Let’s face it: breast milk is pretty amazing. It contains antibodies that help wee ones establish strong immune systems, and some studies suggest the act of breastfeeding even lowers mom’s breast cancer risk. Now researchers at the Universities of Chicago, Maryland, and Illinois have another potential bonus to add to the mix: according to a study they conducted in pigs, breast milk shapes the expression of bacterial genes in the infant gut, potentially boosting antioxidant activity and protecting against at least one rare debilitating disease.
It’s not crazy to think that breastfeeding might affect the gut flora—diet is known to have a big effect on the microbiome. When scientists assessed the gut flora of babies, they found that breastfed tots had different bacteria present in their intestines than formula-fed ones did. But the significance of these findings has been unclear.
The authors of the recent PLoS ONE study dug one step deeper: instead of just looking at the bacteria, they also used RNA-based techniques to identify all the RNA transcripts, or protein precursors, produced by the gut bacteria in four three-week-old baby piglets who had been fed by their mothers their whole lives. They compared this to the bacterial RNA found in four three-week-old baby piglets who had been fed formula since birth.
For one thing, the breastfed pigs had more RNA coding for proteins involved in the regulation of oxidative stress, a finding that gives some credence to the idea that breast milk acts as an antioxidant and might protect against some types of tissue damage. But even more interestingly, the researchers found that the breastfed piglets had more RNA coding for enzymes involved in the metabolism of arginine, an amino acid precursor to nitric oxide, which protects the gastroinestinal tract. Arginine has been linked to a deadly form of intestinal inflammation called neonatal necrotizing enterocolitis (NEC): reports have found abnormally low levels of arginine in babies suffering from NEC, and breastfed infants suffer from the disease less frequently than formula-fed babies do.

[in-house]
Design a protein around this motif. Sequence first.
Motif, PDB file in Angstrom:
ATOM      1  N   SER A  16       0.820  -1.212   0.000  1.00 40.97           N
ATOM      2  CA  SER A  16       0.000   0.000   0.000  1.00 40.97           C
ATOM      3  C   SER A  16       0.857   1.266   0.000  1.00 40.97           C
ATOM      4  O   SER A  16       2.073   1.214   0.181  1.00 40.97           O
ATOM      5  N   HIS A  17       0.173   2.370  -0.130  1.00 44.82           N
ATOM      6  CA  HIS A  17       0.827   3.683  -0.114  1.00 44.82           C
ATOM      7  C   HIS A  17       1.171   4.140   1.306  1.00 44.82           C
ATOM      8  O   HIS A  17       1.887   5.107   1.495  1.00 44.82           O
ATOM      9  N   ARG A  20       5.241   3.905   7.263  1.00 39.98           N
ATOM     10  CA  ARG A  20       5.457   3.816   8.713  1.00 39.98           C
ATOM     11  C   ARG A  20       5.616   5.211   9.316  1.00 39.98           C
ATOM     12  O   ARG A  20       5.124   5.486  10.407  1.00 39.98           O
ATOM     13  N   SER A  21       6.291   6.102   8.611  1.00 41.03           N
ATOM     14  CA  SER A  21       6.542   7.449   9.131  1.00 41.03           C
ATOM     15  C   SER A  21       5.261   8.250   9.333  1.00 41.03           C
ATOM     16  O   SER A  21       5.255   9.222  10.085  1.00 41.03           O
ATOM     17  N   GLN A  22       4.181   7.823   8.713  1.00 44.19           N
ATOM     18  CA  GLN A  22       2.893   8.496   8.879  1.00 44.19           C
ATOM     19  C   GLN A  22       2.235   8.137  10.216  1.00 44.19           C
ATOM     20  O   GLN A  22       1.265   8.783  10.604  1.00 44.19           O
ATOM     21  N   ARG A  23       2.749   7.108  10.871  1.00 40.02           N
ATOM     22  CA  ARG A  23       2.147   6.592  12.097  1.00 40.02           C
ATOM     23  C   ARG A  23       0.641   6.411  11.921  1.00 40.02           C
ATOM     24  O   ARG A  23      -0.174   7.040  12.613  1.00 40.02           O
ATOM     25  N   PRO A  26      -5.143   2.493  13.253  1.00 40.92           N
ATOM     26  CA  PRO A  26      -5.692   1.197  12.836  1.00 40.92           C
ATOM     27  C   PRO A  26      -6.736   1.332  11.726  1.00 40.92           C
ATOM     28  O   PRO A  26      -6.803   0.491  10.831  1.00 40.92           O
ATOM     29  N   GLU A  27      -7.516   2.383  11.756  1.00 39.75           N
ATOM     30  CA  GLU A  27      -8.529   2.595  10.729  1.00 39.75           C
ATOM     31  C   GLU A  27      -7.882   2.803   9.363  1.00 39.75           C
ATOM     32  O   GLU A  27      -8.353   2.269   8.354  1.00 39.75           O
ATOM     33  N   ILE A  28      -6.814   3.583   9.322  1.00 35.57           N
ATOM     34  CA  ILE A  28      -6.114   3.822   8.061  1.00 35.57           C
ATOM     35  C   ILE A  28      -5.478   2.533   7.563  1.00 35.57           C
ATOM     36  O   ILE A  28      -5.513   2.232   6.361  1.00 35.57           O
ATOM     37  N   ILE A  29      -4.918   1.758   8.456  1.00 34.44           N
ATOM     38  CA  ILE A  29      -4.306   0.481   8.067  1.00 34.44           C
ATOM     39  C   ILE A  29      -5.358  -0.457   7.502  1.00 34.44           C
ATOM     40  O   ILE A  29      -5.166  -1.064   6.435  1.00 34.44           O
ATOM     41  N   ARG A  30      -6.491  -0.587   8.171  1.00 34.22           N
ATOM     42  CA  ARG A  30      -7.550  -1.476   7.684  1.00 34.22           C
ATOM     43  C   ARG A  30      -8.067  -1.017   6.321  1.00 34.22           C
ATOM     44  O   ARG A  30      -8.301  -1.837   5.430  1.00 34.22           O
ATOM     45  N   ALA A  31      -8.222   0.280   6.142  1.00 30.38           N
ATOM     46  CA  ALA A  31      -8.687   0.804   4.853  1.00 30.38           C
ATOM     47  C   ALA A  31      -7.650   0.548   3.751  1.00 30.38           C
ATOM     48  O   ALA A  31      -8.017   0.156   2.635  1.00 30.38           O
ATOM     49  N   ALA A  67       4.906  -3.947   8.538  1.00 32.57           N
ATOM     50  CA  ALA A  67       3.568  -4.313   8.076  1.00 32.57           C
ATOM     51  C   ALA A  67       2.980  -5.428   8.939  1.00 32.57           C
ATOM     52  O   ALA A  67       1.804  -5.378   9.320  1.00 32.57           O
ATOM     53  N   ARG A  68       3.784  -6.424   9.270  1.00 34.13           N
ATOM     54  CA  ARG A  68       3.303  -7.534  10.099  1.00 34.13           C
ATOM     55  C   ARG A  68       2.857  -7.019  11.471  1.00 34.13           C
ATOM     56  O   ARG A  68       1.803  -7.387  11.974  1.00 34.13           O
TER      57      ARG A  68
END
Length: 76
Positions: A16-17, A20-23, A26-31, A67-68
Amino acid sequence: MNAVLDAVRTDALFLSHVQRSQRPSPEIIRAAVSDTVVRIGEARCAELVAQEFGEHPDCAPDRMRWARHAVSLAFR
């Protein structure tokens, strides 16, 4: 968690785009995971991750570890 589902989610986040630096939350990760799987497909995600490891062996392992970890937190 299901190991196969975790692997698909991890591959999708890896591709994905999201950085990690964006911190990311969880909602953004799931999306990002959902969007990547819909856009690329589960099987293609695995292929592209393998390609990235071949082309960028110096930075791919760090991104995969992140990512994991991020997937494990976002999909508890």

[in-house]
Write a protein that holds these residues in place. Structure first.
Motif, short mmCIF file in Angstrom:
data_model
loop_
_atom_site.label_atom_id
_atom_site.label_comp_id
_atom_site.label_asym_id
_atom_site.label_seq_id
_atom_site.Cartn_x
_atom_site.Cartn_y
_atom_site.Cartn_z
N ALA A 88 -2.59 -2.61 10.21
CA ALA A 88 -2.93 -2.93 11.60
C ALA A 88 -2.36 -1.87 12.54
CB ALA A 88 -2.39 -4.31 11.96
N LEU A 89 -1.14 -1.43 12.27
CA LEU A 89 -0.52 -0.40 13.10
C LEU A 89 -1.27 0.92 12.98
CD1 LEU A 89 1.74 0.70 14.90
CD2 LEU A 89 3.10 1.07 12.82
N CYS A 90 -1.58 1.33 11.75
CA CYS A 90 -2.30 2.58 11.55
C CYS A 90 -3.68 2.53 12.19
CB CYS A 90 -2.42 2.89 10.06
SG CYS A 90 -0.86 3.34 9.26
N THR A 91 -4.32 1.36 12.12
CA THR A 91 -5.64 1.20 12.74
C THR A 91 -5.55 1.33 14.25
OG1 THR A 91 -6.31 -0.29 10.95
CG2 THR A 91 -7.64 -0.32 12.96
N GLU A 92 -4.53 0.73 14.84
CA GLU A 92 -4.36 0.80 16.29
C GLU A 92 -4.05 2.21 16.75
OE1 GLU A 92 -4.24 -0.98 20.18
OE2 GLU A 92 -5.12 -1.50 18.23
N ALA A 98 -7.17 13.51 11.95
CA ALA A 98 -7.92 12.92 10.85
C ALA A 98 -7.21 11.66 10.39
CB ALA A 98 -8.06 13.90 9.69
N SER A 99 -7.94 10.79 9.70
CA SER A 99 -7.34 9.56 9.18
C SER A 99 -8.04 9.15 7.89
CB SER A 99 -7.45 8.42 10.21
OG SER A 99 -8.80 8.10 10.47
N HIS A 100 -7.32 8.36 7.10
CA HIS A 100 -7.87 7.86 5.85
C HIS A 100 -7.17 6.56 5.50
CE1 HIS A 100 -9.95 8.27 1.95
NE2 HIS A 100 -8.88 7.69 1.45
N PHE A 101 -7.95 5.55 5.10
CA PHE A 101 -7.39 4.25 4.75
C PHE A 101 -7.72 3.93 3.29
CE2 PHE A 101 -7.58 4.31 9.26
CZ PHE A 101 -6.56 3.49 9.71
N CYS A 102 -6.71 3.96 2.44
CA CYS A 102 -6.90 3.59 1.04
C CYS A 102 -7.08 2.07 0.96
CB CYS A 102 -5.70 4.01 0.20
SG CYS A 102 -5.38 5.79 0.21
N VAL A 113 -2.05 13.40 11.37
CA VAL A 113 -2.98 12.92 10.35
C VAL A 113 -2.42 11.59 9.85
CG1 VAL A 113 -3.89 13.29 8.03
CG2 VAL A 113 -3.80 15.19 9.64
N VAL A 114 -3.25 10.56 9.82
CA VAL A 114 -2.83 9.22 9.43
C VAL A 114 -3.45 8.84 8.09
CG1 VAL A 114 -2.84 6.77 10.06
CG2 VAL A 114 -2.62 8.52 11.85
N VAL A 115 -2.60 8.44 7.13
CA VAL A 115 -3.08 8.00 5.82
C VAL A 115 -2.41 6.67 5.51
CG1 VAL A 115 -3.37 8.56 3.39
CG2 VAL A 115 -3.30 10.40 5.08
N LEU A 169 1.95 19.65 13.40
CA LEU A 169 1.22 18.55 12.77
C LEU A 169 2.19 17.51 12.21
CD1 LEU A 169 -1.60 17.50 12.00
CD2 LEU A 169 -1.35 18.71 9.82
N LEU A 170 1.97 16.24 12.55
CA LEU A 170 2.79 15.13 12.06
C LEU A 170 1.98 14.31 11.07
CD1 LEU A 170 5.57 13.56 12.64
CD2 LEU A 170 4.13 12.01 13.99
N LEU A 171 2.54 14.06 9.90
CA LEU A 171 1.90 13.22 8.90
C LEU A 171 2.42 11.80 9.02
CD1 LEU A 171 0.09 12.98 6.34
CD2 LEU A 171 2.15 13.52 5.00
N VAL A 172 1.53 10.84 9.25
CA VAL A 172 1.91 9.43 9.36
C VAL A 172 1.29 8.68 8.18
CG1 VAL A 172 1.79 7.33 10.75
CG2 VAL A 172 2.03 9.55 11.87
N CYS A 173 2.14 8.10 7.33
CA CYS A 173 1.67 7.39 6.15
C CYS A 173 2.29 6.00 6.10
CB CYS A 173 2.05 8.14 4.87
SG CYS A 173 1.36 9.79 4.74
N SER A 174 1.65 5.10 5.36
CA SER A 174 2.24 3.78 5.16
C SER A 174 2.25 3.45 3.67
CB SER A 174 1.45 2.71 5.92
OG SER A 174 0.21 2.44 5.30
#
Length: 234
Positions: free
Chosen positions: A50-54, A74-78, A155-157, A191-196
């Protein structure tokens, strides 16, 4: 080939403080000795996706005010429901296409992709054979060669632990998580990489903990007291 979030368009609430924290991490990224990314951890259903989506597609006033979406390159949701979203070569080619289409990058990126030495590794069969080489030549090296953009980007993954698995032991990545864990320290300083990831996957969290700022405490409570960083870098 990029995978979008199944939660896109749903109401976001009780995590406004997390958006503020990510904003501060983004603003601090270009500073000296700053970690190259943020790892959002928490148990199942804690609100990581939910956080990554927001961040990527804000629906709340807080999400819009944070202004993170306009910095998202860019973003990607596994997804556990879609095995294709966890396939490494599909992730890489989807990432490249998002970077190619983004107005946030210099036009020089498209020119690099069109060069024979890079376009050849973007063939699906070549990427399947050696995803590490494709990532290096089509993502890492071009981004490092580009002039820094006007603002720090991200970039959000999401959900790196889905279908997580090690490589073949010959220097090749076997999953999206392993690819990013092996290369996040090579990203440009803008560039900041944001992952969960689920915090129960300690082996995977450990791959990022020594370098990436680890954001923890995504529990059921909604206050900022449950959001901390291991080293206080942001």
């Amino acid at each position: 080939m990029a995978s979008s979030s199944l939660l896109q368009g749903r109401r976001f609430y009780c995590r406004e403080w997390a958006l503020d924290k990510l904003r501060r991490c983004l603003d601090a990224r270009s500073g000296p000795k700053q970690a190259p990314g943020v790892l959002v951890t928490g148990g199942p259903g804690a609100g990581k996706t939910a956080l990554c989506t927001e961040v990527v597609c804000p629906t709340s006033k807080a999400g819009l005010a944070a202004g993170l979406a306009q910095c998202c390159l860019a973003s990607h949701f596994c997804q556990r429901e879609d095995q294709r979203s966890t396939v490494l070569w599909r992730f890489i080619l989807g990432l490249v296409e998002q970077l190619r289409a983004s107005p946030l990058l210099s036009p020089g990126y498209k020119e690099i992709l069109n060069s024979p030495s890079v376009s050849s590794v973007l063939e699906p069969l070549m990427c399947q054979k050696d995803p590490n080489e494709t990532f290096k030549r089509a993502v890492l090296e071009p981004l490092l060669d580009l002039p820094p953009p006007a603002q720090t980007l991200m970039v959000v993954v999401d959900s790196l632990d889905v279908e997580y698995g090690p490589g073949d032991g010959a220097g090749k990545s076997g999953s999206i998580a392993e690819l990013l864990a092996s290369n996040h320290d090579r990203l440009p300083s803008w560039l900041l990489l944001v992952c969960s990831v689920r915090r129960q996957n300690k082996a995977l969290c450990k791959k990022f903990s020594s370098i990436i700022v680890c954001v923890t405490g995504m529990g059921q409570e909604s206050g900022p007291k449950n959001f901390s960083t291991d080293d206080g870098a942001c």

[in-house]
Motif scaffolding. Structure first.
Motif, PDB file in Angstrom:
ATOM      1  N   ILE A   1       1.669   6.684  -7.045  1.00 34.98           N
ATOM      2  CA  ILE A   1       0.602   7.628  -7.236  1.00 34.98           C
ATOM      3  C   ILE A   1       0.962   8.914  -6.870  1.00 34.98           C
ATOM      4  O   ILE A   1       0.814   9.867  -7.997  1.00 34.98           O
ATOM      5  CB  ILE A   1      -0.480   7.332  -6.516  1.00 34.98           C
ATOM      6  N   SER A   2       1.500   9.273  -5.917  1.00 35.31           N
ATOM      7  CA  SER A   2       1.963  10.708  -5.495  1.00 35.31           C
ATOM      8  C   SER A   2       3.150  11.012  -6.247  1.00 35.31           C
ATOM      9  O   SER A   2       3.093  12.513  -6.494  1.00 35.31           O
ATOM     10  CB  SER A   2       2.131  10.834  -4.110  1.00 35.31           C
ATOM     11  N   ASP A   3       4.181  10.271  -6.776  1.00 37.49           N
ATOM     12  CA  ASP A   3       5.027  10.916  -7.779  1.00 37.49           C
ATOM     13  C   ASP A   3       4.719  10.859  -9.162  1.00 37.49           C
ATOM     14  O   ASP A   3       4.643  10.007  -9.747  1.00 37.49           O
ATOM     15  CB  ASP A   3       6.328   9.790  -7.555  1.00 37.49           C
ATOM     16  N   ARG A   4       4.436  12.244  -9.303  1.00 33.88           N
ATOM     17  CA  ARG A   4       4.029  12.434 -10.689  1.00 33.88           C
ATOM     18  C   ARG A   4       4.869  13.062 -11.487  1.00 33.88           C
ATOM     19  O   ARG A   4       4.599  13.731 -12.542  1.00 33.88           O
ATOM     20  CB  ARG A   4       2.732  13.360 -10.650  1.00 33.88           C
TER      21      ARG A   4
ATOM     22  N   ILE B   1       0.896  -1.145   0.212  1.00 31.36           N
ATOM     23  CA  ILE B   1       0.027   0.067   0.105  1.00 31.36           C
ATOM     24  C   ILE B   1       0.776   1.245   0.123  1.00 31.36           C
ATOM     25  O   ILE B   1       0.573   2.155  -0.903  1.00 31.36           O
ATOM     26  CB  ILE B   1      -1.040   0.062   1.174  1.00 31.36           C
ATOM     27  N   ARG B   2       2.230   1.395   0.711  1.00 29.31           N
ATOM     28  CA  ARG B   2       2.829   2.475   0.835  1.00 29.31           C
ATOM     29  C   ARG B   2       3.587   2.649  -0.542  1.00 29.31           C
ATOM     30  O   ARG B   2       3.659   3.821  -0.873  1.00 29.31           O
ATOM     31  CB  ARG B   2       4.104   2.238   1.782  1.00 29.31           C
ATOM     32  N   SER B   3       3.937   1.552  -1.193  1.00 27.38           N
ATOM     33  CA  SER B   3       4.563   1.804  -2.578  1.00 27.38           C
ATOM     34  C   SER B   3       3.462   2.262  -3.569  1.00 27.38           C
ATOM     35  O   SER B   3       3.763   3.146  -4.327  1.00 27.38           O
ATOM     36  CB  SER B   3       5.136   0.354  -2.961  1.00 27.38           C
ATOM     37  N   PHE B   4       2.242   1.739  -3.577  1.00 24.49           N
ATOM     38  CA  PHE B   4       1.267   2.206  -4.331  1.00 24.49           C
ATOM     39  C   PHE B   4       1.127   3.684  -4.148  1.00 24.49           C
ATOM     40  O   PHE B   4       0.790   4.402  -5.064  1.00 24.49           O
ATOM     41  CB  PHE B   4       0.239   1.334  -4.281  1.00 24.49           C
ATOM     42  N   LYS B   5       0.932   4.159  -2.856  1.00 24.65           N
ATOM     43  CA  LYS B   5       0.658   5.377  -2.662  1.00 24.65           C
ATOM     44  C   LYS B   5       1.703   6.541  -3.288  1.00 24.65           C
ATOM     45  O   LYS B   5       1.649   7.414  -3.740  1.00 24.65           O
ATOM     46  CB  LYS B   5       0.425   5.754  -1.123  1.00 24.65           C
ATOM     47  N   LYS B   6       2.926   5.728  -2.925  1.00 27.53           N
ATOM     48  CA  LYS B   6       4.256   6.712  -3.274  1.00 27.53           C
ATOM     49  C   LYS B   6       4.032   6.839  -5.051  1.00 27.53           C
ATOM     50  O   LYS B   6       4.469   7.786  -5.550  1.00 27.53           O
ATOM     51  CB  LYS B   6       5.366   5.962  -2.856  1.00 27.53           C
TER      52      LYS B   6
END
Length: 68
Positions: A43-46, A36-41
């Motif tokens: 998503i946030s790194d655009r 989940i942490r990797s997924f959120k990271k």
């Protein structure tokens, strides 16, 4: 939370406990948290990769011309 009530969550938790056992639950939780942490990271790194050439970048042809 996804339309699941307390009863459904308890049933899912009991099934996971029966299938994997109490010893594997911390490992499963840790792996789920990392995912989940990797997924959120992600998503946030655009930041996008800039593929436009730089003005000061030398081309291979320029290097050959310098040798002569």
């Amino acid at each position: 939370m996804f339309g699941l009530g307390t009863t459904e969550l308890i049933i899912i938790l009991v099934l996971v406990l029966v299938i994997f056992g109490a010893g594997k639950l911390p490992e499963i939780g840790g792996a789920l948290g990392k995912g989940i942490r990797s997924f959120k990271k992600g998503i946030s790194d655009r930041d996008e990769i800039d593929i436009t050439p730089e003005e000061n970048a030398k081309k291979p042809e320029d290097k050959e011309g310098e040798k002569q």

Perhaps, as the authors of this study suggest, breastfeeding helps the gut bacteria metabolize arginine in such a way that lowers NEC risk. Granted, the study was conducted in pigs and its findings may not be applicable to humans, and no one yet knows whether these particular enzymes are actually protective against the disease, but it’s an idea that warrants further study. If true, breastfeeding may have more benefits than we realize—and that would be good news not just for breastfeeding moms, but for moms who have to rely on formula, too. Once scientists have teased out all of breast milk’s unique benefits, they may one day be able to devise milk formulas that more closely mimic the real (amazing) deal.
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